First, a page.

47 Riordan v. An Taoiseach,  IESC 1, 4: ‘There can be no question of a constitutional amendment properly placed before the people and approved by them being itself unconstitutional’; Hanafin v. Minister of the Environment,  2 ILRM 61, 183: ‘No organ of the State, including this Court, is competent to review or nullify a decision of the people … The will of the people as expressed in a referendum providing for the amendment of the Constitution is sacrosanct and if freely given, cannot be interfered with. The decision is theirs and theirs alone’; cited in Gary J. Jacobsohn, ‘An Unconstitutional Constitution? A Comparative Perspective’ (2006) 4(3) Int’l J. Const. L. 460, 469.
50 Adi Parush, ‘Judicial Activism, Natural Law and Legal Positivism—Judge Barak and “the Omnipotent Knesset” Doctrine’ (1992) 17 Tel-Aviv Univ. L. Rev. 717, 729–30 [Heb.]; Ernest Van den Haag, ‘Not Above the Law’ (1991) 43(18) National Review 25, 27.
59 Kunz (n. 51) 954.
60 See, for example, Ruti Teitel, ‘Comparative Constitutional Law in a Global Age’ (2004) 117 Harv. L. Rev. 2570; Rosalind Dixon and Vicki C. Jackson, ‘Constitutions Inside Out: Outsider Interventions in Domestic Constitutional Contests’ (2013) 38 Wake Forest L. Rev. 149; Vicki C. Jackson, Constitutional Engagement in a Transnational Era (Oxford University Press 2013).
61 See, for example, Anne-Marie Slaughter, ‘A Typology of Transjudicial Communication’ (1994) 29 U. Rich. L. Rev. 99; Anne-Marie Slaughter, ‘Judicial Globalization’ (1999–2000) 40 Va. J. Int’l L. 1103; Melissa A. Waters, ‘Mediating Norms and Identity: The Role of Transnational Judicial Dialogue in Creating and Enforcing International Law’ (2005) 93 Geo. L. J. 487; Melissa A. Waters, ‘The Future of Transnational Judicial Dialogue’ (2010) 104 Am. Soc’y Int’l L. Proc. 465.
65 See, for example, Giuliana Ziccardi Capaldo, The Pillars of Global Law (Ashgate Publishing Ltd. 2013) 209–10 and the references therein. For a recent survey, see Tania Groppi and Marie-Claire Ponthoreau (eds), The Use of Foreign Precedents by Constitutional Judges (Bloomsbury Publishing 2013).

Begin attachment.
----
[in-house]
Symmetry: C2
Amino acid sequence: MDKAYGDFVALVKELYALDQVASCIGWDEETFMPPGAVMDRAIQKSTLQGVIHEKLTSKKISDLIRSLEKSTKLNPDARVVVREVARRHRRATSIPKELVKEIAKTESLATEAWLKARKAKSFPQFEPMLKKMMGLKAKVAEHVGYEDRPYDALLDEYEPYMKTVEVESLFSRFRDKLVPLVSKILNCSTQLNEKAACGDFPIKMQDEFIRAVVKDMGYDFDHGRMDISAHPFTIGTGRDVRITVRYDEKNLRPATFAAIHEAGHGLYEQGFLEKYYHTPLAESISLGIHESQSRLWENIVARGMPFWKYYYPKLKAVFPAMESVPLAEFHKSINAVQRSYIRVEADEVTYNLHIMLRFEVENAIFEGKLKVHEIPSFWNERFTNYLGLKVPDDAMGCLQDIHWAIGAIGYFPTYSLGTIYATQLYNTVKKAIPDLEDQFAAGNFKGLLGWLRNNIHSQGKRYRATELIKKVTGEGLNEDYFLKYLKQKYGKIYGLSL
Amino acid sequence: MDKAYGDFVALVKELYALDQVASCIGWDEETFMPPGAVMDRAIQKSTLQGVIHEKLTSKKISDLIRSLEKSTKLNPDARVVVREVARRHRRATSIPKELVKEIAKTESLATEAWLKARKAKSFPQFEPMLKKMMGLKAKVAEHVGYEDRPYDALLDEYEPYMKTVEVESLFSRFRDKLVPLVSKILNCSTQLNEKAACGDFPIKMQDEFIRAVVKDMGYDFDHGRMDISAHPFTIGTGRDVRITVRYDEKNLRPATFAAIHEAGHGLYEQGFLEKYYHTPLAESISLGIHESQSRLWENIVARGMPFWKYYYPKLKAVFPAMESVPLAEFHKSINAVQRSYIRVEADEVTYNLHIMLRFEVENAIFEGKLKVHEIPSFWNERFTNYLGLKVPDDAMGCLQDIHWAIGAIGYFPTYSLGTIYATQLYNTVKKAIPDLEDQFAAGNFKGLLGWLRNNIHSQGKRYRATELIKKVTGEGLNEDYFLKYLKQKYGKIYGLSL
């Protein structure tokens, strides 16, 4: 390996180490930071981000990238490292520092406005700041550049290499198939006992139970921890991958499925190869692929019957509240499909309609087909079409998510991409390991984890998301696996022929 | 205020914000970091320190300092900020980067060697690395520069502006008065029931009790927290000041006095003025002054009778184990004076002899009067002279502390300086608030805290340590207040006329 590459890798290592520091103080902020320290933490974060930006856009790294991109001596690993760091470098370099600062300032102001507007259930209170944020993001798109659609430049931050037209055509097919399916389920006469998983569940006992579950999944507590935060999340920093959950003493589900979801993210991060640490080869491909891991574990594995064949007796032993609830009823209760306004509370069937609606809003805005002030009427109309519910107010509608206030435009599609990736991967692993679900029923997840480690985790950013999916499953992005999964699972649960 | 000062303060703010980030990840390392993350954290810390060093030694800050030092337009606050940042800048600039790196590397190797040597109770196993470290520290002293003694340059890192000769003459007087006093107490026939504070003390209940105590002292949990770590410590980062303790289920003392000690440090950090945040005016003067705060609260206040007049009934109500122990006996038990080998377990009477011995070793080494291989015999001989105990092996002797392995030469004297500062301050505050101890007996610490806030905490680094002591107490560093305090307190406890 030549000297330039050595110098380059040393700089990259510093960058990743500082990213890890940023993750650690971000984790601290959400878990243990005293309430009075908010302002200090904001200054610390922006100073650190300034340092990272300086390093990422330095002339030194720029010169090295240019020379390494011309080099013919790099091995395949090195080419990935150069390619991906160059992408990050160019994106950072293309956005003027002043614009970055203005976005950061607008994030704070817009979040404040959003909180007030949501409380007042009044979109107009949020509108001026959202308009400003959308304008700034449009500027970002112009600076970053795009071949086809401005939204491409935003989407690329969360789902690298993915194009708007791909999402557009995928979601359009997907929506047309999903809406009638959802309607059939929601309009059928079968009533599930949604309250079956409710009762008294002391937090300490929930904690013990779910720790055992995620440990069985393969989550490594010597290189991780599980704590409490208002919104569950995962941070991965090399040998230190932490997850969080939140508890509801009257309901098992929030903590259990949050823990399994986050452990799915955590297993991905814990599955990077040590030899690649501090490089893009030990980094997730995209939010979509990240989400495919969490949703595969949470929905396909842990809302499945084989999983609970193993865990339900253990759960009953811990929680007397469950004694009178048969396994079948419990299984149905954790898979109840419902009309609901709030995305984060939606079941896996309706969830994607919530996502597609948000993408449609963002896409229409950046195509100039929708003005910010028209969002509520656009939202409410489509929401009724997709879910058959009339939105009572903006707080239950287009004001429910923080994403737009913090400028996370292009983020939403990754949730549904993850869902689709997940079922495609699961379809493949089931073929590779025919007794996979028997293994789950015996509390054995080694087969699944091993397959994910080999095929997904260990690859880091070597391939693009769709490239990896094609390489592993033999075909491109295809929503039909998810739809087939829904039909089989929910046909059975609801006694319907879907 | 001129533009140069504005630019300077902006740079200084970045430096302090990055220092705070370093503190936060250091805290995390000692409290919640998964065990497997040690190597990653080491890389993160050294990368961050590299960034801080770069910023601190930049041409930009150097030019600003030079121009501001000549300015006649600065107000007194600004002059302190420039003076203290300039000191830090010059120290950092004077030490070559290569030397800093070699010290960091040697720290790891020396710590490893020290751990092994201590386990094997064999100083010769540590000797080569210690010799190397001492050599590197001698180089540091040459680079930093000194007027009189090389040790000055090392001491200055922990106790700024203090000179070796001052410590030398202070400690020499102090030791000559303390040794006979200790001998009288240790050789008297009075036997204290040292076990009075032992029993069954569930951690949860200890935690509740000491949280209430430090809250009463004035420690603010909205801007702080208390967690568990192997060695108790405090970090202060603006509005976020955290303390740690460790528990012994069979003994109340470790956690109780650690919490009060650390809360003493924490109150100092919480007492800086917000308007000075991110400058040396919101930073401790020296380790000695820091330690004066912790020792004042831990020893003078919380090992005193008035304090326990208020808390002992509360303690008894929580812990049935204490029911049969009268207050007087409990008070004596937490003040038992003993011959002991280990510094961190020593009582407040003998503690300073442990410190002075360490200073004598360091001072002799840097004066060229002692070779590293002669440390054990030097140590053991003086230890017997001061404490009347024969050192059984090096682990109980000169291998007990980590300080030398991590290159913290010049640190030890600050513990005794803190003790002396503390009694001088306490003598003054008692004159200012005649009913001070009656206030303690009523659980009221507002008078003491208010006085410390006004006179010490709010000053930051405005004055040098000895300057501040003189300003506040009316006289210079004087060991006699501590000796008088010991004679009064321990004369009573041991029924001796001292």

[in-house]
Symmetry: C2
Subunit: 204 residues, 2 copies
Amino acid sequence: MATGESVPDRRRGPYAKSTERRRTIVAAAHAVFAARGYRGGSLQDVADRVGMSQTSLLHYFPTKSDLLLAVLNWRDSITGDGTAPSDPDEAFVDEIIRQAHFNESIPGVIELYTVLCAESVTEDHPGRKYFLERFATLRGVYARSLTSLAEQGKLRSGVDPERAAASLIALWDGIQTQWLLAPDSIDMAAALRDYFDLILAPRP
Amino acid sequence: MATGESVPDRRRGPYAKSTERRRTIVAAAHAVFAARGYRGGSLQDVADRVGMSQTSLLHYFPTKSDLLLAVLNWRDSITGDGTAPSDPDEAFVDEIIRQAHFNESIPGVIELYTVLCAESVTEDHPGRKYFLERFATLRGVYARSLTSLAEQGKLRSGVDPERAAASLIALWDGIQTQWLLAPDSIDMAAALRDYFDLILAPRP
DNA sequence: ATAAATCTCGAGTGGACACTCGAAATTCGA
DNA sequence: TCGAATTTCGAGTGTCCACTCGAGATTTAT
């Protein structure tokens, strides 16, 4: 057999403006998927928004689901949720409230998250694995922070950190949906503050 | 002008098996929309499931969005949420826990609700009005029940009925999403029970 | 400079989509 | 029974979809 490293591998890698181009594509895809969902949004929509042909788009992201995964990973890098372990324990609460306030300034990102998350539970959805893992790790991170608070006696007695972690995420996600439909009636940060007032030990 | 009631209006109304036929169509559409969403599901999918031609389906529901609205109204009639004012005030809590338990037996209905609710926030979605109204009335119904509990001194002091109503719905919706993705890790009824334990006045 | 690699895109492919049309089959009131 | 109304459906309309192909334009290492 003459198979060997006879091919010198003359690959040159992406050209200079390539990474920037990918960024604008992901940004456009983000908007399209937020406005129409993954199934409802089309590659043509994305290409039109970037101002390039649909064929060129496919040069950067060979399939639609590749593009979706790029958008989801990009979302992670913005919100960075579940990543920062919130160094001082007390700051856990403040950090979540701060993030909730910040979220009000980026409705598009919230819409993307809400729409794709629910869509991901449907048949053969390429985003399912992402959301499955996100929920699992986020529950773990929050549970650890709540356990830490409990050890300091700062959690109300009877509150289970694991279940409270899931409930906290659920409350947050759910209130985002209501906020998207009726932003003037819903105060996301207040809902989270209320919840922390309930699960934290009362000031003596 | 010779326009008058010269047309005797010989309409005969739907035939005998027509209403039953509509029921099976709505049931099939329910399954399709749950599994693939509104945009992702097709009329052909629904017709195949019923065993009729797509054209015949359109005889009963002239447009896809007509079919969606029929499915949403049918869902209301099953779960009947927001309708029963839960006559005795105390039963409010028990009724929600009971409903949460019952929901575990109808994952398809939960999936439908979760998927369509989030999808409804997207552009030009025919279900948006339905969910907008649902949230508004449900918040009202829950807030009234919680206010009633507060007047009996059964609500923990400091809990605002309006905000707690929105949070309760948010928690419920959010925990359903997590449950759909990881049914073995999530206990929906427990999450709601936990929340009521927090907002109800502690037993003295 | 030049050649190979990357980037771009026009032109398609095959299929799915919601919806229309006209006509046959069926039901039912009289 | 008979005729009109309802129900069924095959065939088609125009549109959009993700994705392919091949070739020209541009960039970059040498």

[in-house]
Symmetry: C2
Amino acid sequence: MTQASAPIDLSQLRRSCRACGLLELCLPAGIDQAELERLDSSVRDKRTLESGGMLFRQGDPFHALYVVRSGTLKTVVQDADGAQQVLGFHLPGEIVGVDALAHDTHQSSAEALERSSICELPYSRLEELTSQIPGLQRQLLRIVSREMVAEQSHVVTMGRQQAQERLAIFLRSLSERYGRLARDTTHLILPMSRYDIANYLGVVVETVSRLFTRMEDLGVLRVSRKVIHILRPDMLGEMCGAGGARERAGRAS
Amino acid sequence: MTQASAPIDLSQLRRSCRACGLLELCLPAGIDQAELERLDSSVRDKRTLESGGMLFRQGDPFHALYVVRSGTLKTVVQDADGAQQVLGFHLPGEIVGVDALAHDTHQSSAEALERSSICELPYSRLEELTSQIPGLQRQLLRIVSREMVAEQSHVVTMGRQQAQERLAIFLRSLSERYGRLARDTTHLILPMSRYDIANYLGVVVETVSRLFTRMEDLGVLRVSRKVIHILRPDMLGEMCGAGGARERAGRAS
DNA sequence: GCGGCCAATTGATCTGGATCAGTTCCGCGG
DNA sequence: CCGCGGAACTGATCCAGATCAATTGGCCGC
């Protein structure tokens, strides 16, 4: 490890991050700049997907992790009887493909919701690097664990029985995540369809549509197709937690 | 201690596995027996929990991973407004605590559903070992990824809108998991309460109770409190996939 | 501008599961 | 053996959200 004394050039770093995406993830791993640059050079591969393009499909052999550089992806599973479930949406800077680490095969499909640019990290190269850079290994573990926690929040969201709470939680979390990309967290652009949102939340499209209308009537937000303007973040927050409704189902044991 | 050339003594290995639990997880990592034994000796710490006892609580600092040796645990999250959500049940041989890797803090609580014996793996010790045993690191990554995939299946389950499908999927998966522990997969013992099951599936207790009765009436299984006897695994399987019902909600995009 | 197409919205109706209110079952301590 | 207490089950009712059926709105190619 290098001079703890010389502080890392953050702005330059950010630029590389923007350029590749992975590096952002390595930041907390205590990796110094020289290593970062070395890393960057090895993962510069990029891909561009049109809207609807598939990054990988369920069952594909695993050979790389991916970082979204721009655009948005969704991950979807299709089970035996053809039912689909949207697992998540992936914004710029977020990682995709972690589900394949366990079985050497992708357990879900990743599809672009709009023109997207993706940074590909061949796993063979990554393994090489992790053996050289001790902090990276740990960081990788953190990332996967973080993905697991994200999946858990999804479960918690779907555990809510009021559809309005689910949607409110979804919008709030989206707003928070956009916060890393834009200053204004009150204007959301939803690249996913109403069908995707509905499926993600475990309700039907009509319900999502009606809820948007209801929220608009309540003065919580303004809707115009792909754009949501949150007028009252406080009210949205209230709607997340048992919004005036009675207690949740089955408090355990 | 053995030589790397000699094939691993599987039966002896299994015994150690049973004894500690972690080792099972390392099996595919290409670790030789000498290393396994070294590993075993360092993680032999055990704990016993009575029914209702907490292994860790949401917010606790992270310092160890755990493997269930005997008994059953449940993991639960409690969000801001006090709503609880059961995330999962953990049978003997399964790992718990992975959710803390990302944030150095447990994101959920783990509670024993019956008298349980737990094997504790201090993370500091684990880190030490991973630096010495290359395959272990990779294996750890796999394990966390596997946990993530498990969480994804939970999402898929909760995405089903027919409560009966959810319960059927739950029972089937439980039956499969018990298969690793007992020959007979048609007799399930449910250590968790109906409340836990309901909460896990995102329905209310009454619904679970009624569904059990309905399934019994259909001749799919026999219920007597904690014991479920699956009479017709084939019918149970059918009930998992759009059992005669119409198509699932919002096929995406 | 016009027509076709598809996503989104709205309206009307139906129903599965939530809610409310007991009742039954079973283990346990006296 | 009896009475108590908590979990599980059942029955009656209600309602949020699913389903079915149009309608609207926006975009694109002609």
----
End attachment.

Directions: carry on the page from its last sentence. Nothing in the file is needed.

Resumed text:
71 See Art. 53 of The Vienna Convention on the Law of Treaties 1969, UN, Treaty Series, Vol. 1155, 331 (VCLT); Michael Byers, ‘Conceptualising the Relationship between Jus Cogens and Erga Omnes Rules’ (1997) 66 Nordic J. Int’l L. 211, 219–23.
73 Prosecutor v. Furundzija, Case No. IT-95-17/1-T, Trial Chamber, Judgment, 10 December 1998, paras 155–157 (dictum), <www.icty.org/x/cases/furundzija/tjug/en/fur-tj981210e.pdf>. One may wonder about the ICTY’s choice of words, as a distinction exists between illegality and illegitimacy: see, generally, Anthea E. Roberts, ‘Legality vs. Legitimacy: Can Uses of Force be Illegal but Justified?’ in Philip Alston and Euan Macdonald (eds), Human Rights, Intervention, and the Use of Force (Oxford University Press 2008) 206–8.
75 African Union, African Charter on Democracy, Elections and Governance, 30 January 2007, <www.africa-union.org/root/au/Documents/Treaties/text/Charter%20on%20Democracy.pdf>
76 Art. 3 of the Statute of The Council of Europe 1949, 87 U.N.T.S. 103, E.T.S. 1, <http://conventions.coe.int/Treaty/en/Treaties/Html/001.htm>